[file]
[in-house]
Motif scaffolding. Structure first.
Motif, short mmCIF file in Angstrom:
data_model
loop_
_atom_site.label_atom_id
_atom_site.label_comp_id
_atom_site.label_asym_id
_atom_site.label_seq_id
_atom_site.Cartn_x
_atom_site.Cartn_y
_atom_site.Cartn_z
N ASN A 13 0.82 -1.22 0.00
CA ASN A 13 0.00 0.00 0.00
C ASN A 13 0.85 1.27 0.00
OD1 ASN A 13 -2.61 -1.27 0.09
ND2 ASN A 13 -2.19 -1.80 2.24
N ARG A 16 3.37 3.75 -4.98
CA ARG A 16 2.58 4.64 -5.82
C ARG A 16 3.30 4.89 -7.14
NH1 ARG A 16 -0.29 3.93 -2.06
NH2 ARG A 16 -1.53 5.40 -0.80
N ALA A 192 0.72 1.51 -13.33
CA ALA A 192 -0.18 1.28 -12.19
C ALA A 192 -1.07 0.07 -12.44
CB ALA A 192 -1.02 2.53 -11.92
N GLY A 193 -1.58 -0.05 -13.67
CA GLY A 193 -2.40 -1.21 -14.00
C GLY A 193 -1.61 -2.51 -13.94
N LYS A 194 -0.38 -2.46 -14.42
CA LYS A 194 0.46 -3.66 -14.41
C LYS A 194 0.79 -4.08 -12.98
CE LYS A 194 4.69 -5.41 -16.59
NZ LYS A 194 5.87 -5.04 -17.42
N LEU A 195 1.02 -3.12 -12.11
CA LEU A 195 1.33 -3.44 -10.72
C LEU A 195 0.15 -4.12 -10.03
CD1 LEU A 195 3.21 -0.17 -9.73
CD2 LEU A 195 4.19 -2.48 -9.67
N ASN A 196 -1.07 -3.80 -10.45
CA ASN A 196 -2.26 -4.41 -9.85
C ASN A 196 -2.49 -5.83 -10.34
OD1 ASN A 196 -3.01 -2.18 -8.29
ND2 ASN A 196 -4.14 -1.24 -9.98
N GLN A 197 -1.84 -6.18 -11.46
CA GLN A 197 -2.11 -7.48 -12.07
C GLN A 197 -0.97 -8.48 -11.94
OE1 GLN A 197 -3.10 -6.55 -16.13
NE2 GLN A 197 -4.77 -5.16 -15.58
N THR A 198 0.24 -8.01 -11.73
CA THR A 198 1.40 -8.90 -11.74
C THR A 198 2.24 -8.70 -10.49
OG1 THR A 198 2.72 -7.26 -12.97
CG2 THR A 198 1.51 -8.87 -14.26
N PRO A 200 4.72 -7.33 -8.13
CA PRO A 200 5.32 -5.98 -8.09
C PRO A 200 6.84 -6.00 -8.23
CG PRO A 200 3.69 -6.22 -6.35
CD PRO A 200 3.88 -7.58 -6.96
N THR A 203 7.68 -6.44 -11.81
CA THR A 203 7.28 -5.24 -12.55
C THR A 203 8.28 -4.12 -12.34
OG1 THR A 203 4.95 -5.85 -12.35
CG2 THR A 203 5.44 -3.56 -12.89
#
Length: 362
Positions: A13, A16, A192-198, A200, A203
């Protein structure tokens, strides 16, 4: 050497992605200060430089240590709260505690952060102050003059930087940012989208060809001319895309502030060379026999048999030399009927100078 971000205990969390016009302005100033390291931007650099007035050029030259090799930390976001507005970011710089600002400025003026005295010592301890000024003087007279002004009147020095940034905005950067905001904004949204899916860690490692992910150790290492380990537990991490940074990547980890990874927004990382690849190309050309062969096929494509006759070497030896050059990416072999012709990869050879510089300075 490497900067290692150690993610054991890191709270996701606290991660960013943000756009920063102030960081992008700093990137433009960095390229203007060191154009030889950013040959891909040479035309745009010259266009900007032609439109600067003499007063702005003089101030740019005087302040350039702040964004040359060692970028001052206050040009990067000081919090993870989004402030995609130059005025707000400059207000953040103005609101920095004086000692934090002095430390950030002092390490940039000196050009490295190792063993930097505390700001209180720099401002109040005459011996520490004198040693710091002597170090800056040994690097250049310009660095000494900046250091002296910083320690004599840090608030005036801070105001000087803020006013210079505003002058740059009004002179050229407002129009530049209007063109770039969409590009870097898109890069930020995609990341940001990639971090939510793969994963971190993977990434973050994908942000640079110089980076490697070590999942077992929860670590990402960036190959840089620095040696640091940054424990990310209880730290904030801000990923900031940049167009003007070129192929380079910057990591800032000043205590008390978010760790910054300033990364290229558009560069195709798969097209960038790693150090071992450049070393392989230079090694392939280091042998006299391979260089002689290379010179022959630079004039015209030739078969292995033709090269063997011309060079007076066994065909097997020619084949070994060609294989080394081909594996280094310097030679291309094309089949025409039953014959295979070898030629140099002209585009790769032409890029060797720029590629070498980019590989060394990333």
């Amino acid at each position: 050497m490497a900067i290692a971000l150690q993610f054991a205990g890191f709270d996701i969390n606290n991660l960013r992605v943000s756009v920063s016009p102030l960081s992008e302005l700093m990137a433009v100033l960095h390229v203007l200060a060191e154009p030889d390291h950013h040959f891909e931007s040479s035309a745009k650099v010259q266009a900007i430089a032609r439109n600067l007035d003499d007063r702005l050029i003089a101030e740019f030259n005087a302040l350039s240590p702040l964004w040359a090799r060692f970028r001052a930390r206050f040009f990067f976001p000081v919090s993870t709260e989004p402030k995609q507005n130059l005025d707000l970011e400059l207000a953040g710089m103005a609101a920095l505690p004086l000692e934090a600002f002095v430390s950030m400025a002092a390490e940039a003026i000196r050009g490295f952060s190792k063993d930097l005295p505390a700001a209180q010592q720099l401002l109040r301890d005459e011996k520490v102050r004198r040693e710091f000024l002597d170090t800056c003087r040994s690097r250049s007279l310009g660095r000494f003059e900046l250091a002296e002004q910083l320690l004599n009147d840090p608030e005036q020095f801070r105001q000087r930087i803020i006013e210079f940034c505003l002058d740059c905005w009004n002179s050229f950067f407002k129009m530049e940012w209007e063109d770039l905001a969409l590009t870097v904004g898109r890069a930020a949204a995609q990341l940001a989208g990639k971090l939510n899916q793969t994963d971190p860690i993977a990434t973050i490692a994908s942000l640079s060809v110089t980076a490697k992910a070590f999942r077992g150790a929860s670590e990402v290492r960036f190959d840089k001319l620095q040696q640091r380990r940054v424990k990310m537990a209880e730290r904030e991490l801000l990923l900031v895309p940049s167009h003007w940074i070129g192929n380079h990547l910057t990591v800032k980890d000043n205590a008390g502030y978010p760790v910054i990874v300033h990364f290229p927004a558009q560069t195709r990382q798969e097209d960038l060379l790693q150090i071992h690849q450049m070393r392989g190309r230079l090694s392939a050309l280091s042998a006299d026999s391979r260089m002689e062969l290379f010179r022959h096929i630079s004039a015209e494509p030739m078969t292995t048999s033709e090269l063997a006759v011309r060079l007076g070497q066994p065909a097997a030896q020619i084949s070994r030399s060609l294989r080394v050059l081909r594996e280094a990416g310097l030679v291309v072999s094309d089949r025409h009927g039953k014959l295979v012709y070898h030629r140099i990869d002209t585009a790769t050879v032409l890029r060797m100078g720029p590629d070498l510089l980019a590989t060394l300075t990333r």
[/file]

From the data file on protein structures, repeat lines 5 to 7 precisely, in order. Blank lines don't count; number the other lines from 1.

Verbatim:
loop_
_atom_site.label_atom_id
_atom_site.label_comp_id